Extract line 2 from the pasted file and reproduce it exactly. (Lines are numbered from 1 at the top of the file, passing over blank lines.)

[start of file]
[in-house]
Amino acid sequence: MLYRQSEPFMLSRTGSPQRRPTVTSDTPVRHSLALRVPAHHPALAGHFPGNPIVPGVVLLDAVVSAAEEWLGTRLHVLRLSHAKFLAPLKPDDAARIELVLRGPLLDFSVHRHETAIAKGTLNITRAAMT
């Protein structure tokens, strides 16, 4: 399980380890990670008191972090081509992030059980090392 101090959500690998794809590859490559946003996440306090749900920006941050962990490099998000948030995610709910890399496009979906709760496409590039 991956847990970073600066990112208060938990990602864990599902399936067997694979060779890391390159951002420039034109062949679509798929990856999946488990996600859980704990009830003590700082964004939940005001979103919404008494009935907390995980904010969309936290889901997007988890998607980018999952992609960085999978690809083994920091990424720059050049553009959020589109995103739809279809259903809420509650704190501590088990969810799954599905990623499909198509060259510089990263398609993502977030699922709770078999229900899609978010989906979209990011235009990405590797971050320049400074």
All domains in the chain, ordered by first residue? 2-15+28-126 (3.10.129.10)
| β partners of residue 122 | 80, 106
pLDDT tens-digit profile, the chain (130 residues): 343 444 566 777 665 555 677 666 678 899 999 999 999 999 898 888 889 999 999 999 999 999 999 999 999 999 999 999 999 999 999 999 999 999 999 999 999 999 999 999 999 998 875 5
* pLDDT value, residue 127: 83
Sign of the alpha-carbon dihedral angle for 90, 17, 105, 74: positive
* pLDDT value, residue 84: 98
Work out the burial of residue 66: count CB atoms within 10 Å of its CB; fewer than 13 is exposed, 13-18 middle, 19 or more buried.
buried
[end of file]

Amino acid sequence: MLYRQSEPFMLSRTGSPQRRPTVTSDTPVRHSLALRVPAHHPALAGHFPGNPIVPGVVLLDAVVSAAEEWLGTRLHVLRLSHAKFLAPLKPDDAARIELVLRGPLLDFSVHRHETAIAKGTLNITRAAMT